Monday, May 3, 2021

Pandemic Has Taken Toll on Mental Health of Americans, APA Poll Finds

Even as COVID-19 vaccines become more widely available to people across the United States, Americans continue to express concerns about the impact the pandemic has had on their mental health and the mental health of their children, according to the results of an APA poll released on Sunday.

The findings were based on an online survey conducted March 26 to April 5 of 1,000 adults 18 years and older.

According to the survey, 43% of adults reported that the pandemic has had a serious impact on their mental health, up from 37% in 2020. Adults aged 18 to 29 years were more likely to report the pandemic has had a serious impact on their mental health than those 30 and older.

More than half of adults (53%) with children under 18 in their household said they were concerned about the mental state of their children, and almost half (48%) said the pandemic has caused mental health problems for one or more of their children. Twenty-six percent of parents said they sought or are currently seeking professional mental health help for their children because of the pandemic, and 22% reported they had difficulties scheduling appointments for their children with mental health professionals.

“This poll shows that even as vaccines become more widespread, Americans are still worried about the mental state of their children,” said APA President Jeffrey Geller, M.D., M.P.H., in a news release. “This is a call to action for policymakers, who need to remember that in our COVID-19 recovery, there’s no health without mental health.”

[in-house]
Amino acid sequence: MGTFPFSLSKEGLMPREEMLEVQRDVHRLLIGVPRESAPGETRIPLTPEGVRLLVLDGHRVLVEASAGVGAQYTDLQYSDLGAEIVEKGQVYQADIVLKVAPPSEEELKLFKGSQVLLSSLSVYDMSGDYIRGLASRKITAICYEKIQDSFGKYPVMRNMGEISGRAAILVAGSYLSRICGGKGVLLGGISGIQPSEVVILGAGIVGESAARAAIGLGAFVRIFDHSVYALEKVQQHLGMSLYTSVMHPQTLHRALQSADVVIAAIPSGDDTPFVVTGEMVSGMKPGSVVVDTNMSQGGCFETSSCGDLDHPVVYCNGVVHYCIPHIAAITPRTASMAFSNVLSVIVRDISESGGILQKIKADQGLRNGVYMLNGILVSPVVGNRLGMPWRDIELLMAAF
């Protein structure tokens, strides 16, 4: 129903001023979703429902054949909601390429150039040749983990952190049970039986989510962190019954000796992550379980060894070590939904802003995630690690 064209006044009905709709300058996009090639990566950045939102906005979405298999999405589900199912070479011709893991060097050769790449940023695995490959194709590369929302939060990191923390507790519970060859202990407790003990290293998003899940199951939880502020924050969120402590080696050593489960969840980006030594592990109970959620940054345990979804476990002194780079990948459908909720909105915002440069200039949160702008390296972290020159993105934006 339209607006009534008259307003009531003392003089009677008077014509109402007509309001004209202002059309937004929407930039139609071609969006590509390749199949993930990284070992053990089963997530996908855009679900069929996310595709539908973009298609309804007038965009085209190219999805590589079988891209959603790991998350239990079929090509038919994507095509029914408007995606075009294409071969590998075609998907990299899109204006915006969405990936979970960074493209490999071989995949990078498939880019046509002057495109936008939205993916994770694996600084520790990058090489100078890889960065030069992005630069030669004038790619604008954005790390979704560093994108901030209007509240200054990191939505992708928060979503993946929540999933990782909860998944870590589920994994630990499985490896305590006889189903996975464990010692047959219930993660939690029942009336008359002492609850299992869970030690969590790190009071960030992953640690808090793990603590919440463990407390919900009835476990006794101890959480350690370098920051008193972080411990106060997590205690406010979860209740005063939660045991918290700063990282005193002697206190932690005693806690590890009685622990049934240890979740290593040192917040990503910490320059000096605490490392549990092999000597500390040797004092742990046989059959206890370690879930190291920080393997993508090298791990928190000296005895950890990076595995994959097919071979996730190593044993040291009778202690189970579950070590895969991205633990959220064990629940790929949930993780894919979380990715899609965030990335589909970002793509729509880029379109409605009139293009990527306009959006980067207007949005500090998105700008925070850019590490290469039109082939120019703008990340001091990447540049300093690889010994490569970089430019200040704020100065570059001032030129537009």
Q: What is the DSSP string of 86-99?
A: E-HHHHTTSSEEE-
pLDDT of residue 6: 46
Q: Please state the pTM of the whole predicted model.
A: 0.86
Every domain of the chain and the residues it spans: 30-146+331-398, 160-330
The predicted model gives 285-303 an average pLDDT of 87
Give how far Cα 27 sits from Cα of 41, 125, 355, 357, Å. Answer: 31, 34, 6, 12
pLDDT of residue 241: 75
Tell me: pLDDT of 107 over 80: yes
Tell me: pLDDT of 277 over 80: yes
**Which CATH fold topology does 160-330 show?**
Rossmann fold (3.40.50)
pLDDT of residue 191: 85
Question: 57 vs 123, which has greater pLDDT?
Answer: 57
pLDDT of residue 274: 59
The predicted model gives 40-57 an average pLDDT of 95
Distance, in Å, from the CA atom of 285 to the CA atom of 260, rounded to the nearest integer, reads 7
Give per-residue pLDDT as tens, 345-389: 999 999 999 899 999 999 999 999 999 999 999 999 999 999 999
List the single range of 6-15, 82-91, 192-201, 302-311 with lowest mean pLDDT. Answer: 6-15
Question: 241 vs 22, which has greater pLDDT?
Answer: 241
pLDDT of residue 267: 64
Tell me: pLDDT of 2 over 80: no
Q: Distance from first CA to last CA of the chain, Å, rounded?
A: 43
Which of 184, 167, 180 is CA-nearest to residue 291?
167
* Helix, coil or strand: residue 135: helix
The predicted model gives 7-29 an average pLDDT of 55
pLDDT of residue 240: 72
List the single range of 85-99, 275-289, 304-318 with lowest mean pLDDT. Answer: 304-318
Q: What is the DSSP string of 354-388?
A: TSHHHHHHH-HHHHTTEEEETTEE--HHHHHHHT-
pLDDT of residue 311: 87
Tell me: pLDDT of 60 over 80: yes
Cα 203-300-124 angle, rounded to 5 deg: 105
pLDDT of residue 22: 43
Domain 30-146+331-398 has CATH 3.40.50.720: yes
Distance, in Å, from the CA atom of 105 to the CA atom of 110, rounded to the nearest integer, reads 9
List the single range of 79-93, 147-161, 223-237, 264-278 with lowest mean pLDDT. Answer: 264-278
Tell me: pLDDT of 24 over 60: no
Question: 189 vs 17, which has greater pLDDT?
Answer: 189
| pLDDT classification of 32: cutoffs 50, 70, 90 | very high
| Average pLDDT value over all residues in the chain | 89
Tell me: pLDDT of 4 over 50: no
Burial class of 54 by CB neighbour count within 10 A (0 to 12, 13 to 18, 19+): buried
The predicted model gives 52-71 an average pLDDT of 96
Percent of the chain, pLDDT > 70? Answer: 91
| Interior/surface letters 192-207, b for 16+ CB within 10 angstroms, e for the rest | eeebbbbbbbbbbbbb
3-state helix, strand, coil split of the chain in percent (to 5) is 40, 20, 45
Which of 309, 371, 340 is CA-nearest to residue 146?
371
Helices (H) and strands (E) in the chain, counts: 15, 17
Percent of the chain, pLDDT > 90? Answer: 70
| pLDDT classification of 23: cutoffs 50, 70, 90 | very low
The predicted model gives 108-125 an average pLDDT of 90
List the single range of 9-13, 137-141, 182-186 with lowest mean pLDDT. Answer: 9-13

Slightly fewer adults reported that the coronavirus pandemic is affecting their day-to-day life now compared with a year ago; for example, the percentage of adults reporting sleep problems fell from 22% to 19%, and those having difficulties concentrating fell from 20% to 18%. In contrast, the percentage of adults consuming more alcohol or other substances/drugs than normal increased from 14% to 17%. Additionally, 33% of adults reported gaining weight during the pandemic.

“While most people, including most children, will likely adapt and recover well as we emerge from the pandemic, we know from previous research that for some, the mental health impacts of this trauma and distress will continue to have repercussions into the future,” said APA CEO and Medical Director Saul Levin, M.D., M.P.A. “We need to be prepared to help those who need it in the coming months and years.”

(Image: iStock/franckreporter)

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